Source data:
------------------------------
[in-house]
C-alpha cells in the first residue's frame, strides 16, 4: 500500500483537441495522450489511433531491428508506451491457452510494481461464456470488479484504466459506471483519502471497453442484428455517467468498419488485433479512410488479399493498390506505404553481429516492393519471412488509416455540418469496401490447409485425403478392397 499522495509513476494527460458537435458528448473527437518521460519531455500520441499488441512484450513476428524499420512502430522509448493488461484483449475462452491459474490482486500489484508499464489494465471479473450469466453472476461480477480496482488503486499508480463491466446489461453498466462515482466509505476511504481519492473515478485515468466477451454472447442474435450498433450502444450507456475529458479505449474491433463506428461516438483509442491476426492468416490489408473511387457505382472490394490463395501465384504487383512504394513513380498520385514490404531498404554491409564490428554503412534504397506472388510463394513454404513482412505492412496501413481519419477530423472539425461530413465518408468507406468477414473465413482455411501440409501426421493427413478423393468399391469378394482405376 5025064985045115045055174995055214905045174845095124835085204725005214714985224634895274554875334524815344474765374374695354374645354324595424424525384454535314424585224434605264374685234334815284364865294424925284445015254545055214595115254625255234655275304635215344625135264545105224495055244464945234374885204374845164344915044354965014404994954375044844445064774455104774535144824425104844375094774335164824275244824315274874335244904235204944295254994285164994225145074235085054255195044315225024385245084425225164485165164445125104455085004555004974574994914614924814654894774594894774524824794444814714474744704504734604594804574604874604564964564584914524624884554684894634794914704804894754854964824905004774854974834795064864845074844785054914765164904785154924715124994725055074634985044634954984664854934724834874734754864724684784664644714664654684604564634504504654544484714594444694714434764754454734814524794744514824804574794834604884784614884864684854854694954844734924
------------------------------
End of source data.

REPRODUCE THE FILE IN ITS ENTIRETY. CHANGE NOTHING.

[in-house]
C-alpha cells in the first residue's frame, strides 16, 4: 500500500483537441495522450489511433531491428508506451491457452510494481461464456470488479484504466459506471483519502471497453442484428455517467468498419488485433479512410488479399493498390506505404553481429516492393519471412488509416455540418469496401490447409485425403478392397 499522495509513476494527460458537435458528448473527437518521460519531455500520441499488441512484450513476428524499420512502430522509448493488461484483449475462452491459474490482486500489484508499464489494465471479473450469466453472476461480477480496482488503486499508480463491466446489461453498466462515482466509505476511504481519492473515478485515468466477451454472447442474435450498433450502444450507456475529458479505449474491433463506428461516438483509442491476426492468416490489408473511387457505382472490394490463395501465384504487383512504394513513380498520385514490404531498404554491409564490428554503412534504397506472388510463394513454404513482412505492412496501413481519419477530423472539425461530413465518408468507406468477414473465413482455411501440409501426421493427413478423393468399391469378394482405376 5025064985045115045055174995055214905045174845095124835085204725005214714985224634895274554875334524815344474765374374695354374645354324595424424525384454535314424585224434605264374685234334815284364865294424925284445015254545055214595115254625255234655275304635215344625135264545105224495055244464945234374885204374845164344915044354965014404994954375044844445064774455104774535144824425104844375094774335164824275244824315274874335244904235204944295254994285164994225145074235085054255195044315225024385245084425225164485165164445125104455085004555004974574994914614924814654894774594894774524824794444814714474744704504734604594804574604874604564964564584914524624884554684894634794914704804894754854964824905004774854974834795064864845074844785054914765164904785154924715124994725055074634985044634954984664854934724834874734754864724684784664644714664654684604564634504504654544484714594444694714434764754454734814524794744514824804574794834604884784614884864684854854694954844734924